NEW YORK €" Six months after New York City began issuing letter grades
to restaurants based on their cleanliness and food safety, 57 percent of restaurants have received an A, the Associated Press reports.
The city's Department of Health and Mental Hygiene said the system has achieved its intended effect of motivating restaurants to improve their food handling practices. Despite that praise, many in the food industry, including those whose restaurants earned an "A", argue the system is subjective and unfair.
"I'm not sure it was needed, the format," said Lorenzo Ansuini, who owns Mezzogiorno in the Soho neighborhood.
While Ansuini's restaurant has a prominent "A" in its store window, he said other restaurants have lost business after receiving a poor grade. "I wonder if it does more damage than it's intended to do," he said, adding, "You have a very wide range of variance between different inspectors."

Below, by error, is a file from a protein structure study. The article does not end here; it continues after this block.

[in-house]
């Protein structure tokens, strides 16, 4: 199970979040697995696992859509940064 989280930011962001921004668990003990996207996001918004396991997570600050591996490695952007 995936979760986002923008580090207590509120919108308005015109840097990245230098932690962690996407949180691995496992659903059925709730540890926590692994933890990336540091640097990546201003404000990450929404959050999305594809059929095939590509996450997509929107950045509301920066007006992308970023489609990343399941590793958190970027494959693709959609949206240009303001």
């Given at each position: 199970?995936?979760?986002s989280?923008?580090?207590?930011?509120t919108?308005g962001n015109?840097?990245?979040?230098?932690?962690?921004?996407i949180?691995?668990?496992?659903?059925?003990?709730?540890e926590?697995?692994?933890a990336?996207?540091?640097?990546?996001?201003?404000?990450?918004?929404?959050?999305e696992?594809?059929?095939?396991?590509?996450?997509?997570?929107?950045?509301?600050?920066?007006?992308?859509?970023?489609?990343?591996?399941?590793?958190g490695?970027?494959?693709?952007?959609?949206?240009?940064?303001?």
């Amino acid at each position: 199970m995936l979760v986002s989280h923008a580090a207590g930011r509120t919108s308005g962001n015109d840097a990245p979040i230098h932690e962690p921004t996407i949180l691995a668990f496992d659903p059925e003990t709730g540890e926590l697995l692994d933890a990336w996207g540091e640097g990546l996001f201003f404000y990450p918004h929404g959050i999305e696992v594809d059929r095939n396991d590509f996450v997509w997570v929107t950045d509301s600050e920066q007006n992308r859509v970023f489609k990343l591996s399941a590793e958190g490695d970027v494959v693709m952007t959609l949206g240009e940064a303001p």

Health inspectors visit restaurants and deduct points for infractions including vermin, uncovered garbage cans and food left out of the refrigerator for extended periods.
Under the system that began in July 2010, restaurants with fewer than 14 violation points earn an A, those with 14 to 27 points receive a B and 28 or more points means a C.
Restaurants that are cited for 13 or more violation points are reinspected within a month. If they still don't receive an A, it must post its B or C grade or display a sign that says "Grade Pending" while it appeals the ruling at an administrative tribunal.
The Health Department has inspected 10,000 restaurants so far and intends to assess all of the city's 24,000 eateries by year's end.
According to the Health Department's Web site, the proportion of A grades has exceeded its expectations. While 27 percent of restaurants earned an A on their first inspection, many improved enough to receive an A after the second inspection.